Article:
Bulgarian President Zhelyu Zhelev pledged yesterday to press for an "independent investigation" into charges that Bulgarian secret police played a role in the 1981 attempt to assassinate Pope John Paul II.

Zhelev, a philosopher who headed the opposition Union of Democratic Forces before his election on Aug. 1 by the Socialist-controlled National Assembly, said his "highly hypothetical" theory is that any Bulgarian role "might have been directed from another country that wanted Bulgarians involved, such as the KGB," the Soviet secret police.

Until now, officials of the Soviet-allied Bulgarian government have denied any connection with Mehmet Ali Agca, the Turkish gunman who wounded the pope in St. Peter's Square on May 13, 1981. Two employees of Bulgaria's embassy in Rome and the deputy manager of the Bulgarian state airline's Rome office were charged with conspiracy in the case, but an Italian court ruled in 1986 that there was not enough evidence to convict them.

Zhelev said that "Bulgaria will seek help from other intelligence services" in probing the papal assassination plot, and "there already have been contacts with the CIA."

The Bulgarian leader, on an unofficial visit to Washington this week, said he personally knew Sergei Antonov, the accused airline official, and had "worked very closely" with Antonov's wife. Zhelev called Antonov "a very decent man" but said it was "very likely that he did some services" for Bulgarian intelligence while living in Italy.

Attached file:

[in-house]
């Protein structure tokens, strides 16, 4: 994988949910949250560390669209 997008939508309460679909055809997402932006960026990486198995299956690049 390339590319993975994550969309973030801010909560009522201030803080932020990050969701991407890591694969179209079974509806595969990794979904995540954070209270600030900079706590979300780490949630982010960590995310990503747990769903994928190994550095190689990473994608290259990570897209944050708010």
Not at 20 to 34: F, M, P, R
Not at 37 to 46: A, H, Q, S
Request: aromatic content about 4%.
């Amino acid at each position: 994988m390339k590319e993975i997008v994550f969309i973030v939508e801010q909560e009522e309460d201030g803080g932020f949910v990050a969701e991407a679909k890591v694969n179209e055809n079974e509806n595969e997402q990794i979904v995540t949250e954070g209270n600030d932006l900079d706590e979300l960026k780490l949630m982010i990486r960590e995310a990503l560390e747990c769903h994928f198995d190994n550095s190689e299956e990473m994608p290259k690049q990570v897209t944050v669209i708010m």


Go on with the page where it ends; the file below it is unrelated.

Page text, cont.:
The president declared that if a National Assembly committee launches a formal investigation into the papal plot, "I will take it under my auspices and it will be an independent investigation, because it is in our interest to clear up this case."

In an interview with editors and reporters of The Washington Post, Zhelev spoke strongly in support of the United Nations sanctions against Iraq, calling them "a model of future international cooperation that will provide planetary guarantees for small countries."

Bulgaria, he said, "is among the hardest-hit countries in Europe" from the effects of the Persian Gulf crisis. "We stand to lose $1.4 billion by the end of the year," he said, "most of it in the form of crude oil from Iraq." Iraq had agreed to pay Bulgaria in oil deliveries for arms sold to Baghdad by the previous Communist government in Sofia during Iraq's 1980-88 war with Iran.

"We also were expecting about {14 million barrels} of Iraqi crude from the Soviet Union under contract," Zhelev said.

Bulgaria, which already has stopped payment on a foreign debt of about $10 billion, faces a difficult winter. The country depends on oil imports for about two-thirds of its energy, and its only nuclear power plant is expected to be closed next week because of concerns over its safety.

"We have asked the United States for help," Zhelev said, and Deputy Secretary of State Lawrence S. Eagleburger promised to send 100,000 tons of corn. In a move to break out of its Soviet orbit, Bulgaria became a World Bank member this week.

"We want to improve radically our relations with the United States," said Zhelev, who will meet with President Bush this morning. Zhelev's chief of staff, Ivaylo Trifonov, said the Bulgarian president had invited Eagleburger to send arms experts to dismantle eight SS-23 tactical, short-range ballistic missiles that Sofia had bought from the Soviet Union in 1986 but never armed with nuclear warheads.

Special correspondent Marc Champion contributed to this report from Sofia.